Prolonged pretrial detention was a serious problem. At year's end pretrial detainees constituted approximately 75 percent of Ngaragba central prison's population and an estimated 60 percent of Bimbo Central Prison's population. Detainees usually were informed of the charges against them; however, many waited in prison for several months before seeing a judge. Judicial inefficiency and corruption, as well as a shortage of judges and severe financial constraints on the judicial system, contributed to pretrial delays. Some detainees remained in prison for years because of lost files and bureaucratic obstacles.
e. Denial of Fair Public Trial
The constitution provides for an independent judiciary; however, the judiciary remained subject to the influence of the executive branch, and, despite government efforts to improve it, the judiciary was inadequate to meet its tasks.
The courts continued to suffer from inefficient administration, a shortage of trained personnel, growing salary arrears, and a lack of material resources. Less than 1 percent of the annual national budget was devoted to the Ministry of Justice. According to a Ministry of Justice source, during the year there were 182 magistrates for the entire country; however, the UNDP estimated there were only 120 judges working in the country, equivalent to one judge for every 36,000 inhabitants. Many citizens effectively lacked access to the judicial system. Citizens often had to travel more than 30 miles to reach one of the country's 38 courthouses. Consequently, traditional justice at the family and village level retained a major role in settling conflicts and administering punishment.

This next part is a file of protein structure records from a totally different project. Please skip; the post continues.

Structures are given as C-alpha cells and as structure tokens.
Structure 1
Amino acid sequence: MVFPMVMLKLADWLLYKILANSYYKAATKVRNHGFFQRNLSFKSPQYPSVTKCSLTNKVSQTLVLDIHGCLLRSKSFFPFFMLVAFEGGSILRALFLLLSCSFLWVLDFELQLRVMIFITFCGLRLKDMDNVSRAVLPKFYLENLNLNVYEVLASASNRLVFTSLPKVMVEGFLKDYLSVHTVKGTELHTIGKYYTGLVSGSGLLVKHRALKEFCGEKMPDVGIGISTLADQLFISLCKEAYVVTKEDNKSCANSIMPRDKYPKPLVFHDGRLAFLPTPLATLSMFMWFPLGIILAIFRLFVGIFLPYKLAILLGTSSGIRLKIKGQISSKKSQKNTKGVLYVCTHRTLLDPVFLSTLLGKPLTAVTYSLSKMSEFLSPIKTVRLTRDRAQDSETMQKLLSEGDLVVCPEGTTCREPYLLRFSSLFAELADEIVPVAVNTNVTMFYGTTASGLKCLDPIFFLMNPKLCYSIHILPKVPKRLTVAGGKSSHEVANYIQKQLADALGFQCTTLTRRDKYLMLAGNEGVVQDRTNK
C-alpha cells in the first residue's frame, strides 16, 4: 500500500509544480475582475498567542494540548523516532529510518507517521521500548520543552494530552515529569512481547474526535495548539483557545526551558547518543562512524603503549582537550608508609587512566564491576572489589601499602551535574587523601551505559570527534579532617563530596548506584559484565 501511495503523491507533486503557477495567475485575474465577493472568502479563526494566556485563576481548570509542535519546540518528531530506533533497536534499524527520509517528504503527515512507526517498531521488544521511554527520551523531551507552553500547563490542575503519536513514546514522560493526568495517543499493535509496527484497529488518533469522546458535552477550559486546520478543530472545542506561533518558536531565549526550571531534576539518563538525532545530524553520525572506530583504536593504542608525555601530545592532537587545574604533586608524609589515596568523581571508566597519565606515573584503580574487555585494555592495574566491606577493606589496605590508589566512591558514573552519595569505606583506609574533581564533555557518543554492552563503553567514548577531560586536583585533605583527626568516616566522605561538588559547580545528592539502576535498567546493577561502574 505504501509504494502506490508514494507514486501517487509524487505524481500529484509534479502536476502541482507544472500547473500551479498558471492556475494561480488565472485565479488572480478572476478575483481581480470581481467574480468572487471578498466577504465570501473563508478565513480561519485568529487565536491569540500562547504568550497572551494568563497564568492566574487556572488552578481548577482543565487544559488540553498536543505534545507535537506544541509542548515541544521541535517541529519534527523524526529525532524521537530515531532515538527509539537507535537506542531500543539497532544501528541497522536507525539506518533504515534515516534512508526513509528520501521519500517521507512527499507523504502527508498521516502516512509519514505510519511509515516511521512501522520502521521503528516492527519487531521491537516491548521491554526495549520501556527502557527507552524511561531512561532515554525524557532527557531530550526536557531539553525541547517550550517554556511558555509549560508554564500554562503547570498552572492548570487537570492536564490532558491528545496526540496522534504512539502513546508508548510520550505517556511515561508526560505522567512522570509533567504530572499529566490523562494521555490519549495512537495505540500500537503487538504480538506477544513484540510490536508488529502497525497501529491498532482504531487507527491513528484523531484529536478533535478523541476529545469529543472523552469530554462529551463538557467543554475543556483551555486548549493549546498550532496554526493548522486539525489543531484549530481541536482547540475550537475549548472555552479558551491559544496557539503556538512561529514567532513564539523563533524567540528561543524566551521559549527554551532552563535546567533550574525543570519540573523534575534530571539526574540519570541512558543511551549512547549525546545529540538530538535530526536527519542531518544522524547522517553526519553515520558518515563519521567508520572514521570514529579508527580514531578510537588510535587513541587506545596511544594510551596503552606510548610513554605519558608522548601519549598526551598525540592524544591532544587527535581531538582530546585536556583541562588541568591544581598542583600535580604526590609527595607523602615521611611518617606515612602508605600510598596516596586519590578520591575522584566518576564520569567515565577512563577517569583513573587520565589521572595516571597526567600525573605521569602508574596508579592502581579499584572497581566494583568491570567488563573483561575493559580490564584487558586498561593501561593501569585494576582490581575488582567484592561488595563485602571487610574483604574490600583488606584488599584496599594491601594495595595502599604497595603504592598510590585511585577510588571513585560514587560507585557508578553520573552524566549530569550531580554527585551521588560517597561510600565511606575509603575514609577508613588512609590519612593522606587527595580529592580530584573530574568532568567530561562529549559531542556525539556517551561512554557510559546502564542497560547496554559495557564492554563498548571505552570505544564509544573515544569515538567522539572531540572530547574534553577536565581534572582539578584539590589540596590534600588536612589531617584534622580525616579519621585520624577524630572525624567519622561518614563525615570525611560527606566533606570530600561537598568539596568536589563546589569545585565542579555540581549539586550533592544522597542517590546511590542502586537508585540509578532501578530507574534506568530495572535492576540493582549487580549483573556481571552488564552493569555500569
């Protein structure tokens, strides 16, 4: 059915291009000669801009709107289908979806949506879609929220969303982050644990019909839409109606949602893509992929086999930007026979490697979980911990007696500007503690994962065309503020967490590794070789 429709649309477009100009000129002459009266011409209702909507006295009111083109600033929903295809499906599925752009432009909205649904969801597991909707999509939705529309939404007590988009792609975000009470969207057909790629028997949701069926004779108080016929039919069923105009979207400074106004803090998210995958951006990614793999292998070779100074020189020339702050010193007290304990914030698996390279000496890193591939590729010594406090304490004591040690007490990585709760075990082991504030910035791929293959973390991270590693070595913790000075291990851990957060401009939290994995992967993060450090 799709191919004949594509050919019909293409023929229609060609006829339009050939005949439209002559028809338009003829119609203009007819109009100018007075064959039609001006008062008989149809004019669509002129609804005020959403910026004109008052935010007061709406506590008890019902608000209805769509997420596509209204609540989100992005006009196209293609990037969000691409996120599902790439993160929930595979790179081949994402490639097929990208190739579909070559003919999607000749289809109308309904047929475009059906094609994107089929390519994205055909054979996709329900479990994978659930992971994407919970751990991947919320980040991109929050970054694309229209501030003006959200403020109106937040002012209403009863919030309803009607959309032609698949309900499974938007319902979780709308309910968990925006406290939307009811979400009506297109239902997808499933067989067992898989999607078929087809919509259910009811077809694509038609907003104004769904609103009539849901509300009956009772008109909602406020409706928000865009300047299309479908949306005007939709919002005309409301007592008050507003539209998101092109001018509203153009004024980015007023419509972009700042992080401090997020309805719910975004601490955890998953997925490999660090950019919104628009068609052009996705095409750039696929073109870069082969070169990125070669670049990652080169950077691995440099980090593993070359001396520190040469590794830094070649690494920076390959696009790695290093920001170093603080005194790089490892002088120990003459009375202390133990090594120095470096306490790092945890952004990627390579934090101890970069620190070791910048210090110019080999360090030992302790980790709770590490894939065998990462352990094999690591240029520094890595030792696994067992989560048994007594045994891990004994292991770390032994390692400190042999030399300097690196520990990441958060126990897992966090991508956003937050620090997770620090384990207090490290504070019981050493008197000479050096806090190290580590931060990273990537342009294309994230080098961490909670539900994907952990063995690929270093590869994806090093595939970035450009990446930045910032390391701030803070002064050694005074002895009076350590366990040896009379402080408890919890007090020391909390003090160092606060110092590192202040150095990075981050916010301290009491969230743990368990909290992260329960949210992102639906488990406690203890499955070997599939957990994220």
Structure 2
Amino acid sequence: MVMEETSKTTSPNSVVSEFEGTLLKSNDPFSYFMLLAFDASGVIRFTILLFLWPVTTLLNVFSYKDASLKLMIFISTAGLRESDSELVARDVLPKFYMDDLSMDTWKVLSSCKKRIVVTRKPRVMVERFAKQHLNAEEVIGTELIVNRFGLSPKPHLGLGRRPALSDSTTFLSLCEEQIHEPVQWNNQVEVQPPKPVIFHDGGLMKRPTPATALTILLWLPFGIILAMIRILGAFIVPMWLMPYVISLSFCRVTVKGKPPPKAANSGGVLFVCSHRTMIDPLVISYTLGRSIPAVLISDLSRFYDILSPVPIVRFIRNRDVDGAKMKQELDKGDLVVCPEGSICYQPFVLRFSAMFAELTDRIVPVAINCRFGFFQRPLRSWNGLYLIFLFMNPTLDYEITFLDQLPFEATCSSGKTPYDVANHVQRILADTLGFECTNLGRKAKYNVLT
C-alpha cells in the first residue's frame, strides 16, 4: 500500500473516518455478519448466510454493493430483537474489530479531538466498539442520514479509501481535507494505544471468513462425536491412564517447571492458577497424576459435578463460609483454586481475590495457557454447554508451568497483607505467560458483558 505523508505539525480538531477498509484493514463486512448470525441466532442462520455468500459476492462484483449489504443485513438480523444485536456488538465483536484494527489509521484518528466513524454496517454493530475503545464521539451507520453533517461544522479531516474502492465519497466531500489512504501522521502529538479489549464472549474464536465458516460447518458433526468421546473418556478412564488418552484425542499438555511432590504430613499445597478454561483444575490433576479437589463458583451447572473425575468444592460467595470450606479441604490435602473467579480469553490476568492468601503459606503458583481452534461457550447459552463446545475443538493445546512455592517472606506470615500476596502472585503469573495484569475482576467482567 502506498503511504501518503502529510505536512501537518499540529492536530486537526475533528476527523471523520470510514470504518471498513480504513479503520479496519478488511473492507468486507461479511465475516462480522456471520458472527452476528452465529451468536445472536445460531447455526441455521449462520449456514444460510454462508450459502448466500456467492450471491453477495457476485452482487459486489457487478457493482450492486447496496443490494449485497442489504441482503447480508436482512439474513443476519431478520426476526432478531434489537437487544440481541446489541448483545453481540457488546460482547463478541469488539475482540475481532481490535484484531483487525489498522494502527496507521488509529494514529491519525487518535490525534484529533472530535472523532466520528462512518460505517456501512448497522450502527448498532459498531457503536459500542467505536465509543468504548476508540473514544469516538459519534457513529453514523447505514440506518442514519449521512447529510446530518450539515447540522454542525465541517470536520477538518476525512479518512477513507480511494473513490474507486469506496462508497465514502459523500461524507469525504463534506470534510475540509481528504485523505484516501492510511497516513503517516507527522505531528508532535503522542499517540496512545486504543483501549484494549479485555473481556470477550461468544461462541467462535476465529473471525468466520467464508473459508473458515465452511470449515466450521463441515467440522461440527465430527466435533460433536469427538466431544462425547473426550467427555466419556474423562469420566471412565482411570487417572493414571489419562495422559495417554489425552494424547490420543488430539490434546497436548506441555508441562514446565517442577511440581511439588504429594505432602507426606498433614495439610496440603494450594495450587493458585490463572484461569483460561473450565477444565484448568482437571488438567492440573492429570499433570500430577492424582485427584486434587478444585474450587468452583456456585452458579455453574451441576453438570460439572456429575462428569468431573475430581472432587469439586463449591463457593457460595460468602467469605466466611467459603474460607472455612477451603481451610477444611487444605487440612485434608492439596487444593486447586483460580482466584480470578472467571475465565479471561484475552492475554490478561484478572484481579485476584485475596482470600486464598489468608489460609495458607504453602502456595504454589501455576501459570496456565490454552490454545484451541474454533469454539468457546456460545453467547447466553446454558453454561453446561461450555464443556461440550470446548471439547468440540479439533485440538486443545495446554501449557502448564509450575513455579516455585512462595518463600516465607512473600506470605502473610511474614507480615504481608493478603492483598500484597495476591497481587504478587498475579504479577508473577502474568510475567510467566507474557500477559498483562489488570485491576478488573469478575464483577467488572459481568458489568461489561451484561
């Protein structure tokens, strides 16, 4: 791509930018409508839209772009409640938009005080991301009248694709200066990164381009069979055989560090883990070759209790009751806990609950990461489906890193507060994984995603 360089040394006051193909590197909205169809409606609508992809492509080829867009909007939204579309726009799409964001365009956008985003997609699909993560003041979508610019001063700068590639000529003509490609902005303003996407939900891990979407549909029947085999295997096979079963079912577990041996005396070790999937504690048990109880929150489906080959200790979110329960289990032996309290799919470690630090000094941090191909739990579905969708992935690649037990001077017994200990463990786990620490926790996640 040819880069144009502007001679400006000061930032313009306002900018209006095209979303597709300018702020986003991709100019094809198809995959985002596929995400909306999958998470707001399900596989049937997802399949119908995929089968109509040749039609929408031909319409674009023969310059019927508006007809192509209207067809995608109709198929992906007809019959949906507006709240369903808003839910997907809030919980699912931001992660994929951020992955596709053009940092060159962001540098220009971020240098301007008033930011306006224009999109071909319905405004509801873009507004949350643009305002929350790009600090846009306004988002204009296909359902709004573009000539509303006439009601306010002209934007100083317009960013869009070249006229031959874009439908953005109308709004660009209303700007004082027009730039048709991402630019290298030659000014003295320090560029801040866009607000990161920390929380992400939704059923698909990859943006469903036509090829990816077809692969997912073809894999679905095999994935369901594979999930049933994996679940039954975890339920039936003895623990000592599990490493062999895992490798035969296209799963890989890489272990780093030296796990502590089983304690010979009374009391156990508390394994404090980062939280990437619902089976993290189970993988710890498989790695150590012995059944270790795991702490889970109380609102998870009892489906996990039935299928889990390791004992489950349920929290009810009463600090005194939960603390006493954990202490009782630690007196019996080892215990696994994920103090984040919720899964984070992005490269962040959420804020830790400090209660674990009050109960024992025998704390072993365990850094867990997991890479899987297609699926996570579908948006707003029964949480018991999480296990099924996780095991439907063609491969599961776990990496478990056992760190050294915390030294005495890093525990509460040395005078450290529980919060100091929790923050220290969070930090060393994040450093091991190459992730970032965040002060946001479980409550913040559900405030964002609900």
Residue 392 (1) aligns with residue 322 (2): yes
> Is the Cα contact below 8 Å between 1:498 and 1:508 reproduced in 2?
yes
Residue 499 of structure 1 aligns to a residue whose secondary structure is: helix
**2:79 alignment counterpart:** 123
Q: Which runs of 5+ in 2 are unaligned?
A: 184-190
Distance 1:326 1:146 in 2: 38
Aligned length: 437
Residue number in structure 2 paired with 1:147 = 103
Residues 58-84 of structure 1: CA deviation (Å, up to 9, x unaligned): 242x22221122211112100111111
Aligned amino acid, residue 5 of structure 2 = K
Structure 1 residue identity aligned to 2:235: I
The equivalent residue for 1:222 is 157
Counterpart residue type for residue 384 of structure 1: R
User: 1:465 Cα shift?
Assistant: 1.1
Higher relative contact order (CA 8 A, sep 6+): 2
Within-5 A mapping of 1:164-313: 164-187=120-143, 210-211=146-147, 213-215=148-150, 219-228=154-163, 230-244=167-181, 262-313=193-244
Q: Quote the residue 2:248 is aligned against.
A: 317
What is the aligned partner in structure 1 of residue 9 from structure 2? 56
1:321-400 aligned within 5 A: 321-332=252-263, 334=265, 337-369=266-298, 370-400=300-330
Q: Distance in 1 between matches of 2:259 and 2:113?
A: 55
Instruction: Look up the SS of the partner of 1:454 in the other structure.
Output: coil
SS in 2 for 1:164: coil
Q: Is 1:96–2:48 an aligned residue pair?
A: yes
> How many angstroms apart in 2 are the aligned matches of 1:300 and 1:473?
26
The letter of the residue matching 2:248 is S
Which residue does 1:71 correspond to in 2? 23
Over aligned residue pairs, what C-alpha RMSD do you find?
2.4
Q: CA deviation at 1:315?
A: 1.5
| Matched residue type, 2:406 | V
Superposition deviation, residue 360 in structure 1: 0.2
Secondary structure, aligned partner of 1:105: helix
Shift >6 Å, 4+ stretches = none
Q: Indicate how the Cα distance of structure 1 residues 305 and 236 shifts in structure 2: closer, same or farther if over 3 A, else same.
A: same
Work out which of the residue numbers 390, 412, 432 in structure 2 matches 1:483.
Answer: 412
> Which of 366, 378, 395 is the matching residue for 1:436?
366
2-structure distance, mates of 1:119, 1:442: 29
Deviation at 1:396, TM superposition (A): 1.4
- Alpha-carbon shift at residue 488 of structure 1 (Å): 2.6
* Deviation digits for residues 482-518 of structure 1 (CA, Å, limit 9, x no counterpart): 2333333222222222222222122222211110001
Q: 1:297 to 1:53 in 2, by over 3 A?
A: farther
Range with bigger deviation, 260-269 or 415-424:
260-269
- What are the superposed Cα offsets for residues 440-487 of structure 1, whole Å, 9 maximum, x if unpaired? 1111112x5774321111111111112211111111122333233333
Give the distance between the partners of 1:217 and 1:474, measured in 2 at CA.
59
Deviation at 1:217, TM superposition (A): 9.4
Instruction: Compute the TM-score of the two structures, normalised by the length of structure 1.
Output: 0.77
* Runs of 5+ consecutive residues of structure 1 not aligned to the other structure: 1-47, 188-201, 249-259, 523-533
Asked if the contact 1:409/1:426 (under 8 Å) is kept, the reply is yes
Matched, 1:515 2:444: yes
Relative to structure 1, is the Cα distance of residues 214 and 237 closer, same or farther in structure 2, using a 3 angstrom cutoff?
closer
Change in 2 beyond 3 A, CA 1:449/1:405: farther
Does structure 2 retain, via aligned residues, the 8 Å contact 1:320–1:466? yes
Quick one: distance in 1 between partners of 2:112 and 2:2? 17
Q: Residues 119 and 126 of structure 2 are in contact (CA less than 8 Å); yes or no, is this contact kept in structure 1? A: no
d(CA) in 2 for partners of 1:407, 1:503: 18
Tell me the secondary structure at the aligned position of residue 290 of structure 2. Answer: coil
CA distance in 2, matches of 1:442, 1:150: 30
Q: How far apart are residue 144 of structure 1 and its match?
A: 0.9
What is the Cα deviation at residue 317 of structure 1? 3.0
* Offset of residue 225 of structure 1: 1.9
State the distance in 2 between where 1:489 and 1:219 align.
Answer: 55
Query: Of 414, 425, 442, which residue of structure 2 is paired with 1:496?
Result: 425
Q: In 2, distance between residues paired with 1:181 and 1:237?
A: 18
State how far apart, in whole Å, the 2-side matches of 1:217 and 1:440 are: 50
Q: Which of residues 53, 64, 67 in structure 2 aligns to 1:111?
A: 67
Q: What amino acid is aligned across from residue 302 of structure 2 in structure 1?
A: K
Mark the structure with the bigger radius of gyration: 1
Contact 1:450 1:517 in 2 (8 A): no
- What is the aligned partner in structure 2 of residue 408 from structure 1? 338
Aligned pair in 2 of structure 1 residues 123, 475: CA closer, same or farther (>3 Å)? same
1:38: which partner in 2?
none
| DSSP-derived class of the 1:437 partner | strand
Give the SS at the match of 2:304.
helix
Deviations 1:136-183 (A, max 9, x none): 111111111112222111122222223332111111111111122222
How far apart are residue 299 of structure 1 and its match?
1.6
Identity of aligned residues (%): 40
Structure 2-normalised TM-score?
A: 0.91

Judicial corruption remained a serious impediment to citizens' right to receive a fair trial. According to the UNDP, during the year the average monthly salary of a judge working in one of the highest courts (the final court of appeals) was approximately 600,000 CFA francs ($1,155); that of a junior judge was approximately 220,000 CFA francs ($482).
According to the LCDH, corruption extended from the judges to the bailiffs. Many lawyers paid judges for verdicts favorable to their clients. There were, however, some efforts to combat judicial corruption, including by several UN agencies and the European Union.
The president appoints judges after the superior council of magistrates nominates them. The judiciary consists of 24 tribunals of first instance, three courts of appeal, a final court of appeals (cours de cassation), a high court of justice, commercial courts, a military court, and a constitutional court. There are also children's and labor tribunals, as well as a tribunal for financial crimes. The highest court is the constitutional court, which determines whether laws passed by the national assembly conform to the constitution and hears appeals challenging the constitutionality of a law. The PMT judges only members of the military and provides the same rights as civil criminal courts.
There were numerous reports that, in reaction to judicial inefficiency, citizens in a number of cities organized to deal with cases through parallel justice and persecution, such as mob violence, or resorted to neighborhood tribunals and appeals to local chiefs. Citizens also sought such resort in cases of alleged witchcraft.